Plots # 02 & 03 are located in Hazmieh, a southeastern suburb of Beirut. The sites are part of a new mixed use, primarily residential development led by Solidere International, a real estate company in charge of the rehabilitation and reconstruction of the Beirut Central District. The “Beirut Village” master plan is divided into 15 plots assigned to a list of different local and international architects.
The intervention is to be located on two identical plots of 3,760 square meters of total surface area, with an allowable built-up area of 10,400 square meters (gross). They are subject to imposed setbacks, strict alignments and height restrictions.
With site dimensions of approximately 40 by 80 meters, the traditional developer’s typology could have led to a heavy mass consisting of deep and typically poorly ventilated floor plates, lacking natural light at their center where the circulation core and entrance of the apartments are usually located. We chose to break down our intervention into three blocks in order to avoid this literal interpretation of the master plan.
The proposed scheme was primarily driven by the particularity of the location – which includes a planned park – as well as by the desire to take advantage of the region’s mild climate through the strive for generous natural light and cross ventilation in each unit.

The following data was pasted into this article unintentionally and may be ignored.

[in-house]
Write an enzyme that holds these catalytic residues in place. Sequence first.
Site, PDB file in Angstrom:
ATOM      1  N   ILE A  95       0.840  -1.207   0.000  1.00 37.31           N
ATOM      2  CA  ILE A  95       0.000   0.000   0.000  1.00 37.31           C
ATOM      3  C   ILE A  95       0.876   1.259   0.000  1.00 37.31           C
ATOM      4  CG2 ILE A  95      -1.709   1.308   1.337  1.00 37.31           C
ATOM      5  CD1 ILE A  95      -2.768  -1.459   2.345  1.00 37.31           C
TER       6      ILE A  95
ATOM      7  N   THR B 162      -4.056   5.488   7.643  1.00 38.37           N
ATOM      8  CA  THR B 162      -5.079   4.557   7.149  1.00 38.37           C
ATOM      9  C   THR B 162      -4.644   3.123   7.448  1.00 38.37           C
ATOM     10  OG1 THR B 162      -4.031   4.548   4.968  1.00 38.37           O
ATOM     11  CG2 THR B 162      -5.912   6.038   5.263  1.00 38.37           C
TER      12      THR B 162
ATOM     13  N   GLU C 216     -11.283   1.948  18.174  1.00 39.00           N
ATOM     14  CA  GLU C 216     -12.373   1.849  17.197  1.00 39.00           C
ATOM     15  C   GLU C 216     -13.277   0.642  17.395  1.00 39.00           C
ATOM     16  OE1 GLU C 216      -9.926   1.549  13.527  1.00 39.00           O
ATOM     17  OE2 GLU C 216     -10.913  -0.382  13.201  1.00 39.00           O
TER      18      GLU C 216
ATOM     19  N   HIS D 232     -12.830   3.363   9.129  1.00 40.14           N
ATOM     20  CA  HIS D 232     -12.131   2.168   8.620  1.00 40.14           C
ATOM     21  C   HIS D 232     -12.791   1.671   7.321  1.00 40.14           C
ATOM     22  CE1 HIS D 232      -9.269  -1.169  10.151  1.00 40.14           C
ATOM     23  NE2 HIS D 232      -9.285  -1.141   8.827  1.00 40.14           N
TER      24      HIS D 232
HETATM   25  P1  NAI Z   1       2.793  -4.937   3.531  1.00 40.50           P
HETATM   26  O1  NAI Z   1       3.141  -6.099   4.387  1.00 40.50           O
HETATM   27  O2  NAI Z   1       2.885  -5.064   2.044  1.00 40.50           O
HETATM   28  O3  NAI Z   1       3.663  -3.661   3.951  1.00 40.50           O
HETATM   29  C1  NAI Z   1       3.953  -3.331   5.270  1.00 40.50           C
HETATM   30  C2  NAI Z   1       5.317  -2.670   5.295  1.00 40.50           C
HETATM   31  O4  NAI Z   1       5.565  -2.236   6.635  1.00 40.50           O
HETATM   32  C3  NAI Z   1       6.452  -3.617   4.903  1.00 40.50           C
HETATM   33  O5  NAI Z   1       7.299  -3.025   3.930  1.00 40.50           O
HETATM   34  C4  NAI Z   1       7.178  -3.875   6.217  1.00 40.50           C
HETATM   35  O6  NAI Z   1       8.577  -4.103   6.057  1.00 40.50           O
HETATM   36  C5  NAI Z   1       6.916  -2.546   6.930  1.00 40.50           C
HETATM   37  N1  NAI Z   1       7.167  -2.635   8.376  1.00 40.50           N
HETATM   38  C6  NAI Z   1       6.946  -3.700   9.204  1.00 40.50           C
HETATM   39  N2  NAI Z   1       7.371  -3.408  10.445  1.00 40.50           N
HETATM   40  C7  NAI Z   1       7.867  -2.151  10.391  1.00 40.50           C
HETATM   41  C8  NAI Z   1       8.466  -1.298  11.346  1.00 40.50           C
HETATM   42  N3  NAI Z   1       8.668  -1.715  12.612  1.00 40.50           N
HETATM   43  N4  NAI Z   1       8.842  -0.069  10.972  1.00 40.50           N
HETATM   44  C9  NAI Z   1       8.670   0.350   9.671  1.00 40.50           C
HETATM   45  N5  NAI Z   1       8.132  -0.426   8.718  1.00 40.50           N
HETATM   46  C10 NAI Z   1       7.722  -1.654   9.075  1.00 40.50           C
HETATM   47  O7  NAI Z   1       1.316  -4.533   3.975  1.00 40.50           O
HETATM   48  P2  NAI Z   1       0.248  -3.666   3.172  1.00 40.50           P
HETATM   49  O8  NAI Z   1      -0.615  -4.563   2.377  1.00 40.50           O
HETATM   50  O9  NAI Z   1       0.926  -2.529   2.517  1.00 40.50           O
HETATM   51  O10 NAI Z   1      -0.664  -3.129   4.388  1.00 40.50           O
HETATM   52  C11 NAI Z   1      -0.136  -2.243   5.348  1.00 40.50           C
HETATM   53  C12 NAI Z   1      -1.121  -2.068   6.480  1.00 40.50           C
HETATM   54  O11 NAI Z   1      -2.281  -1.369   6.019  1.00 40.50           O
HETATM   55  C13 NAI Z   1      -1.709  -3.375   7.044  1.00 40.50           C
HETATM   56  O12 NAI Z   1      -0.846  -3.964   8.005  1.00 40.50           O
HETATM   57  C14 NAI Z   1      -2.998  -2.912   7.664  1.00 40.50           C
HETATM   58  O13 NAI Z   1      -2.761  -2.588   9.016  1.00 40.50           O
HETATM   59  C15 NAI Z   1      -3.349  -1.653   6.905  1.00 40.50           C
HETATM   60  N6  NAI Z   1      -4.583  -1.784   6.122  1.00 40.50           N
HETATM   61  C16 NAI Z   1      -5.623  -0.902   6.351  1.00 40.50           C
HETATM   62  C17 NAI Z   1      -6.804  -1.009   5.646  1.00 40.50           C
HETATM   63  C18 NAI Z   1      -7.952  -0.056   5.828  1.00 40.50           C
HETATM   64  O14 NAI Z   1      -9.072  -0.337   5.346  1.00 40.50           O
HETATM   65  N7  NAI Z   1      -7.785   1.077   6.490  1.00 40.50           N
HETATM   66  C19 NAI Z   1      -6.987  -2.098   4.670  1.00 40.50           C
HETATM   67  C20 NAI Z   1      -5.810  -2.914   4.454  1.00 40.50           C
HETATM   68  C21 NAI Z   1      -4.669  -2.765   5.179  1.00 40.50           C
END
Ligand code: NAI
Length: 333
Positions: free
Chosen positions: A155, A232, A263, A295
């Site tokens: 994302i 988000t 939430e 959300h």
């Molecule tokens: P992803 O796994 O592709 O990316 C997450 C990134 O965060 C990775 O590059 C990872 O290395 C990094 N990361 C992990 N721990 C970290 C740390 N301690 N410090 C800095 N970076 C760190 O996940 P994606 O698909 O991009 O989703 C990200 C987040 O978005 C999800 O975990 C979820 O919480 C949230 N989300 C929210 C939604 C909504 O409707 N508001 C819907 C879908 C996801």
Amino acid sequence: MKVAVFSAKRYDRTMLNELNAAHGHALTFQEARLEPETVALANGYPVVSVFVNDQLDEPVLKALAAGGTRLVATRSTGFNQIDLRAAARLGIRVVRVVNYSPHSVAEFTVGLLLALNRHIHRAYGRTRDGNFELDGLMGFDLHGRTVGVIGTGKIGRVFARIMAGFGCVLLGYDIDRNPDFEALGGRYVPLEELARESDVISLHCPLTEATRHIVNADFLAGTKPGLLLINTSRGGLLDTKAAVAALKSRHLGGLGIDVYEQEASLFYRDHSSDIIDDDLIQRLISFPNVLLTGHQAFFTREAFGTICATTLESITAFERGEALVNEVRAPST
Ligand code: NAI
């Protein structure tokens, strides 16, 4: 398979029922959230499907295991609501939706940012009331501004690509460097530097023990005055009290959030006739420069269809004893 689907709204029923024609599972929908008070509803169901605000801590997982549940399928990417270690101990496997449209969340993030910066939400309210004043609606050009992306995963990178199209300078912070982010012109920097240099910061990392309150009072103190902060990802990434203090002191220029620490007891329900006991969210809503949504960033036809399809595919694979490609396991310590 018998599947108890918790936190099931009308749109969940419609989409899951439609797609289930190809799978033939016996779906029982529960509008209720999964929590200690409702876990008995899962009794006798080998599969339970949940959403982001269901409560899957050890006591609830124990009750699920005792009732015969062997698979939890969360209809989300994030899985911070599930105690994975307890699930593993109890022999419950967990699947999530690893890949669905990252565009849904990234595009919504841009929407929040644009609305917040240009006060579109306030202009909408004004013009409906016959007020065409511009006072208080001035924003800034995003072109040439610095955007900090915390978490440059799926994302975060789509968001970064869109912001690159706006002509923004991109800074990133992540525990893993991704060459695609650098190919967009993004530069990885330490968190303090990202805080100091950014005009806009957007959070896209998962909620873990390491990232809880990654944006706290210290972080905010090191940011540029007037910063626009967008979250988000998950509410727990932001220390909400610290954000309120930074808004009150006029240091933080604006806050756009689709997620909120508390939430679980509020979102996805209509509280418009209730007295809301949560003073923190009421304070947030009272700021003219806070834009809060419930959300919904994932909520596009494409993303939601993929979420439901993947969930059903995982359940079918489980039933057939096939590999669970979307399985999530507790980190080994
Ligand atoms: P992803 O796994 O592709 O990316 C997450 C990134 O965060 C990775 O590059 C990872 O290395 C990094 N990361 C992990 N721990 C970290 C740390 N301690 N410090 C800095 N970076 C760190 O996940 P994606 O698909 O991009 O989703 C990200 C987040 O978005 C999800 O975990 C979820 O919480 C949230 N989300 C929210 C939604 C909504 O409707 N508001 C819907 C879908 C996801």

Originally conceived as a site of two plots bordered by a park on one side, a street on the other, and separated by a pedestrian passage of 10 meters in width, our intervention reinterprets this original scheme into one that comprises three blocks that each include two apartments per floor plate, and that are separated by two 11.5-meter wide pedestrian passages. An open core at the center of each block further subdivides each floor plate into two narrow elongated slabs, allowing interior spaces to further be exposed to the exterior as a result of the increased proximity of all spaces to peripheral glazed surfaces.
Each block is served by an open vertical circulation core that feeds two apartments per level, each benefiting from a direct view of the planned park. These typical modules of 21 by 4 meters represent the standard two-bedroom apartment configuration, upon which the larger and more complex apartments are based. These base modules either become a larger two-bedroom apartment or transform into a three-bedroom unit, whereas the merging of two of these two-bedroom units is what forms the four-bedroom apartment types.
The variation occurs within two “scaffoldings” integrated into the front and back facades of the entire project. The base modules are expanded through the scattering of left-over interior net space and allowable surface area of balconies throughout the 8-meter wide “scaffolding” in the front, as well as the slightly smaller 2.5-meter one in the back.
These additions range from increased interior reception spaces, bedrooms and added balconies, to seemingly floating swimming pools and interior bars which appear to bridge between the three blocks, while simultaneously gaining additional views of the park through the 11.5-meter voids between them.
The approach of working from the base module, and gradually adding and subtracting to it solely as needed within a coherent variation system led to an efficient total of 86 units, ranging from one-bedroom to four-bedroom apartments, each with its reception space oriented towards the park, an outdoor balcony or terrace, as well as maximal glazing.
The final result is a scheme whose monumentality is blurred through the addition of a dynamic skin seemingly disintegrating as it reaches out to the preferred orientation of the planned park.